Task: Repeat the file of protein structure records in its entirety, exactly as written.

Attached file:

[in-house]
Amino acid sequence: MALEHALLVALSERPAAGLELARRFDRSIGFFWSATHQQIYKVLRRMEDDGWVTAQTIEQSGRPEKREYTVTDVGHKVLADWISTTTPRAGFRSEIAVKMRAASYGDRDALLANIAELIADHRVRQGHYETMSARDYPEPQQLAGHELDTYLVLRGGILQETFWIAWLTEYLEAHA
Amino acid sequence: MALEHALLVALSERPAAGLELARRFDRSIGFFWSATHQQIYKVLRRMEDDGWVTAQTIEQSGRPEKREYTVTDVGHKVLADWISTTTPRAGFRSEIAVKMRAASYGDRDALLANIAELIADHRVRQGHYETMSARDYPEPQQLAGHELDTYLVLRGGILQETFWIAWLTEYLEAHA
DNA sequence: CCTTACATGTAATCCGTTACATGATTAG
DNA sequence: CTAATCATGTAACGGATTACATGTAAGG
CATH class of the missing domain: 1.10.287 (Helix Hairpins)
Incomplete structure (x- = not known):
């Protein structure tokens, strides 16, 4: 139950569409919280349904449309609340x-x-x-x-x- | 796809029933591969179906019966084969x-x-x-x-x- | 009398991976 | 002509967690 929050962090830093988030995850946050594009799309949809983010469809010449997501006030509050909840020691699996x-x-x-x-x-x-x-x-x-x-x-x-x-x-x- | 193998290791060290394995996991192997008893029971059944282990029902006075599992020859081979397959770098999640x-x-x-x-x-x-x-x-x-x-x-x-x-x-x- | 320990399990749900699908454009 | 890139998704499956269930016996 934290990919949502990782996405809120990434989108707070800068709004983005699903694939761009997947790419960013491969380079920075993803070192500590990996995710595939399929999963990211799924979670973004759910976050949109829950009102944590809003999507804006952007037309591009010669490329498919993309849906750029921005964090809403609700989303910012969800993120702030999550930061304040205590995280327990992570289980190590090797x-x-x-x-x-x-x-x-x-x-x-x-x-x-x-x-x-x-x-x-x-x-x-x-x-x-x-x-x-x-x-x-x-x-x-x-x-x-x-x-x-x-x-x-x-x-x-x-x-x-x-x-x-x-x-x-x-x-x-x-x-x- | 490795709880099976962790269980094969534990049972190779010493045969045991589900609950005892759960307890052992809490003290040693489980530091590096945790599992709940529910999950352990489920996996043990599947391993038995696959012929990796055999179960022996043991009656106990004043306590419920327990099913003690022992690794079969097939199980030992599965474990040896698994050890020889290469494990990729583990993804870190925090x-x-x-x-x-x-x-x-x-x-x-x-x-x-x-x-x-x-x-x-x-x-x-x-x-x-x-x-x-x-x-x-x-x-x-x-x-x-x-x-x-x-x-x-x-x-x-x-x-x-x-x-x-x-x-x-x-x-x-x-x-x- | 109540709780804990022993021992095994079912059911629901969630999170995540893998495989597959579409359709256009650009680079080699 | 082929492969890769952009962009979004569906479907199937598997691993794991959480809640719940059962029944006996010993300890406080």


[in-house]
Amino acid sequence: MALEHALLVALSERPAAGLELARRFDRSIGFFWSATHQQIYKVLRRMEDDGWVTAQTIEQSGRPEKREYTVTDVGHKVLADWISTTTPRAGFRSEIAVKMRAASYGDRDALLANIAELIADHRVRQGHYETMSARDYPEPQQLAGHELDTYLVLRGGILQETFWIAWLTEYLEAHA
Amino acid sequence: MALEHALLVALSERPAAGLELARRFDRSIGFFWSATHQQIYKVLRRMEDDGWVTAQTIEQSGRPEKREYTVTDVGHKVLADWISTTTPRAGFRSEIAVKMRAASYGDRDALLANIAELIADHRVRQGHYETMSARDYPEPQQLAGHELDTYLVLRGGILQETFWIAWLTEYLEAHA
DNA sequence: CCTTACATGTAATCCGTTACATGATTAG
DNA sequence: CTAATCATGTAACGGATTACATGTAAGG
CATH class of the missing domain: 1.10.287 (Helix Hairpins)
Incomplete structure (x- = not known):
């Protein structure tokens, strides 16, 4: 139950569409919280349904449309609340x-x-x-x-x- | 796809029933591969179906019966084969x-x-x-x-x- | 009398991976 | 002509967690 929050962090830093988030995850946050594009799309949809983010469809010449997501006030509050909840020691699996x-x-x-x-x-x-x-x-x-x-x-x-x-x-x- | 193998290791060290394995996991192997008893029971059944282990029902006075599992020859081979397959770098999640x-x-x-x-x-x-x-x-x-x-x-x-x-x-x- | 320990399990749900699908454009 | 890139998704499956269930016996 934290990919949502990782996405809120990434989108707070800068709004983005699903694939761009997947790419960013491969380079920075993803070192500590990996995710595939399929999963990211799924979670973004759910976050949109829950009102944590809003999507804006952007037309591009010669490329498919993309849906750029921005964090809403609700989303910012969800993120702030999550930061304040205590995280327990992570289980190590090797x-x-x-x-x-x-x-x-x-x-x-x-x-x-x-x-x-x-x-x-x-x-x-x-x-x-x-x-x-x-x-x-x-x-x-x-x-x-x-x-x-x-x-x-x-x-x-x-x-x-x-x-x-x-x-x-x-x-x-x-x-x- | 490795709880099976962790269980094969534990049972190779010493045969045991589900609950005892759960307890052992809490003290040693489980530091590096945790599992709940529910999950352990489920996996043990599947391993038995696959012929990796055999179960022996043991009656106990004043306590419920327990099913003690022992690794079969097939199980030992599965474990040896698994050890020889290469494990990729583990993804870190925090x-x-x-x-x-x-x-x-x-x-x-x-x-x-x-x-x-x-x-x-x-x-x-x-x-x-x-x-x-x-x-x-x-x-x-x-x-x-x-x-x-x-x-x-x-x-x-x-x-x-x-x-x-x-x-x-x-x-x-x-x-x- | 109540709780804990022993021992095994079912059911629901969630999170995540893998495989597959579409359709256009650009680079080699 | 082929492969890769952009962009979004569906479907199937598997691993794991959480809640719940059962029944006996010993300890406080």